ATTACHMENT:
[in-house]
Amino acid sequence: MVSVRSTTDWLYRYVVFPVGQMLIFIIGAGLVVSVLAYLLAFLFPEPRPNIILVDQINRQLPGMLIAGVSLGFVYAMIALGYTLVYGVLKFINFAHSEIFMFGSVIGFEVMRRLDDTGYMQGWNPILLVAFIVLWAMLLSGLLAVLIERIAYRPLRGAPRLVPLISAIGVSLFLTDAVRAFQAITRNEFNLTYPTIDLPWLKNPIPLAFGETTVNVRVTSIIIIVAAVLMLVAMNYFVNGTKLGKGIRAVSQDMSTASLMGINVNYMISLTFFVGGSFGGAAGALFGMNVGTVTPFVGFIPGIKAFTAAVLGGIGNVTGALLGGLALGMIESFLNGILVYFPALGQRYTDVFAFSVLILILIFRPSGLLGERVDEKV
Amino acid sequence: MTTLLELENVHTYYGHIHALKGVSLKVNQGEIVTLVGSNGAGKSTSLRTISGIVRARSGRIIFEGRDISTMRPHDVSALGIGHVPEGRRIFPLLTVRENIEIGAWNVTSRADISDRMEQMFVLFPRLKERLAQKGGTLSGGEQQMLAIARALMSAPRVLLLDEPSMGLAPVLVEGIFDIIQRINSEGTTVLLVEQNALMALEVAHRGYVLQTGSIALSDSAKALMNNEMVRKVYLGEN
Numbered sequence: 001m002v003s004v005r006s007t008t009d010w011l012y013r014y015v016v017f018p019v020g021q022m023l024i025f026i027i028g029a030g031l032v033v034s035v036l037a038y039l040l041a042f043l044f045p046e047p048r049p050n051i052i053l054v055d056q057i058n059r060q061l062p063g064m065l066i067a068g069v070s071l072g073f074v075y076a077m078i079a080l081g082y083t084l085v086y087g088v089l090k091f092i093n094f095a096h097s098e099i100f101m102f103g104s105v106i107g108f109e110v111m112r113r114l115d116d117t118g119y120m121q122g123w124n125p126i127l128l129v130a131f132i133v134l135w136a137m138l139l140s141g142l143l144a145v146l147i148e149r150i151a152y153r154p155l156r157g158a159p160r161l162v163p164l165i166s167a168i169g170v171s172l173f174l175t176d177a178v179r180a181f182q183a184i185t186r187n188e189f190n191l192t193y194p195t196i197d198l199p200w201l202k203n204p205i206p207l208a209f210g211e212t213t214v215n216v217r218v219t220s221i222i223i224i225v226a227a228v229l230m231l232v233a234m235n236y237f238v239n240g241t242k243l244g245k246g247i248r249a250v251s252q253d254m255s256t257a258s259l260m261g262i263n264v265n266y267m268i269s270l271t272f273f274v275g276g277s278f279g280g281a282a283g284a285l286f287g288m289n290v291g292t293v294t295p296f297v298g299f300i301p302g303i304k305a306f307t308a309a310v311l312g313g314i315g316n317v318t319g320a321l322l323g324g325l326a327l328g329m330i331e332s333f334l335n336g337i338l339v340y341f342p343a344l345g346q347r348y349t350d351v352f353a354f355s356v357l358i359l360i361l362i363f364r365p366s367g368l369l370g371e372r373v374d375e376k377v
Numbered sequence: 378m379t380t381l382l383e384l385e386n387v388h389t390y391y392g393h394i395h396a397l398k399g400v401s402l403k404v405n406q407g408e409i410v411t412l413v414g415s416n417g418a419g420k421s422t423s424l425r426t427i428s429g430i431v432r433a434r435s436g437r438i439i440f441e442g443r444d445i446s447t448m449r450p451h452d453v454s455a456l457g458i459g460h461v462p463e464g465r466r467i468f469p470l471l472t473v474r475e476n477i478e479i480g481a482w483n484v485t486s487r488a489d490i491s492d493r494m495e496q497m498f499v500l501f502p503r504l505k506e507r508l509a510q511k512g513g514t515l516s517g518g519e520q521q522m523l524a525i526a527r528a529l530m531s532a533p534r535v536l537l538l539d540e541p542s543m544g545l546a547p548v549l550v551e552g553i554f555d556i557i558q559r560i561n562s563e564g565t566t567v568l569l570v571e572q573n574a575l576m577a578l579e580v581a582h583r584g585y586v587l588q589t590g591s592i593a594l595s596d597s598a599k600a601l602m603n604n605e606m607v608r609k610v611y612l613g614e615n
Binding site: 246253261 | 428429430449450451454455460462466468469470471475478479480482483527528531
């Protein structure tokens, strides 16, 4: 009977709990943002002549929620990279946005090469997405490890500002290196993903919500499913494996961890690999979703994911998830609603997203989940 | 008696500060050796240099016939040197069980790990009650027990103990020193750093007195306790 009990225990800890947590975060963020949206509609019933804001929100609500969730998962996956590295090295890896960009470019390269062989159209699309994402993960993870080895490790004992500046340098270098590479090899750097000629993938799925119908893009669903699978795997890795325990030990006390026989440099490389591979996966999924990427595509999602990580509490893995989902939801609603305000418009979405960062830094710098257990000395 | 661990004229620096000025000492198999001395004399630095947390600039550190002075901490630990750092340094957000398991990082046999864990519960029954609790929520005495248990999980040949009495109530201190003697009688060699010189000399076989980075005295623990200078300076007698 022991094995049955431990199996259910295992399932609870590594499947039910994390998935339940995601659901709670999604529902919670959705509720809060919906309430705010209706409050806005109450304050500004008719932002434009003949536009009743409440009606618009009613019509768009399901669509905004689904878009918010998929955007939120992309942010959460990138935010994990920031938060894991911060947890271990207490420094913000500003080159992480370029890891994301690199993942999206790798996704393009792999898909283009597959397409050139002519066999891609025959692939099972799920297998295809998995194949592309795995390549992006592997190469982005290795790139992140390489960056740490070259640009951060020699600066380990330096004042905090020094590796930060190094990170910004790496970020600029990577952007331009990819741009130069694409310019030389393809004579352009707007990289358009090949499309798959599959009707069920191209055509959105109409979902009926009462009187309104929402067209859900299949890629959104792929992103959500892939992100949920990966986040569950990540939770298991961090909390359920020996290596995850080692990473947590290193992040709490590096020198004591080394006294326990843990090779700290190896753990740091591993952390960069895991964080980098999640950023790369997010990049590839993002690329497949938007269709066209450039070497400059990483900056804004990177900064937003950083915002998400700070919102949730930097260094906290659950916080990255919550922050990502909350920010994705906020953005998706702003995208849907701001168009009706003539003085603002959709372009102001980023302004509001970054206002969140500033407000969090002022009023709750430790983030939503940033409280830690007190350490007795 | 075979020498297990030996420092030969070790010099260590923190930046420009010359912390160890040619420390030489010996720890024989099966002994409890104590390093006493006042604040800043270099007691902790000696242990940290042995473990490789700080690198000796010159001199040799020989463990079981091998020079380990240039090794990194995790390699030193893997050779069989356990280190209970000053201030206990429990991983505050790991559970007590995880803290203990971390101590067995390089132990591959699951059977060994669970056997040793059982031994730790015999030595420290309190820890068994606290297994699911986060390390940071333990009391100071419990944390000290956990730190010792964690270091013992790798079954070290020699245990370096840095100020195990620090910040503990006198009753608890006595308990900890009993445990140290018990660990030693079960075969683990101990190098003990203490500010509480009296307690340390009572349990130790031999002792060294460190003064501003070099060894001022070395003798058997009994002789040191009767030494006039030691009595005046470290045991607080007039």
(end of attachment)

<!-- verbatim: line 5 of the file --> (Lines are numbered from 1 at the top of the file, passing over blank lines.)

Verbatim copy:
Numbered sequence: 378m379t380t381l382l383e384l385e386n387v388h389t390y391y392g393h394i395h396a397l398k399g400v401s402l403k404v405n406q407g408e409i410v411t412l413v414g415s416n417g418a419g420k421s422t423s424l425r426t427i428s429g430i431v432r433a434r435s436g437r438i439i440f441e442g443r444d445i446s447t448m449r450p451h452d453v454s455a456l457g458i459g460h461v462p463e464g465r466r467i468f469p470l471l472t473v474r475e476n477i478e479i480g481a482w483n484v485t486s487r488a489d490i491s492d493r494m495e496q497m498f499v500l501f502p503r504l505k506e507r508l509a510q511k512g513g514t515l516s517g518g519e520q521q522m523l524a525i526a527r528a529l530m531s532a533p534r535v536l537l538l539d540e541p542s543m544g545l546a547p548v549l550v551e552g553i554f555d556i557i558q559r560i561n562s563e564g565t566t567v568l569l570v571e572q573n574a575l576m577a578l579e580v581a582h583r584g585y586v587l588q589t590g591s592i593a594l595s596d597s598a599k600a601l602m603n604n605e606m607v608r609k610v611y612l613g614e615n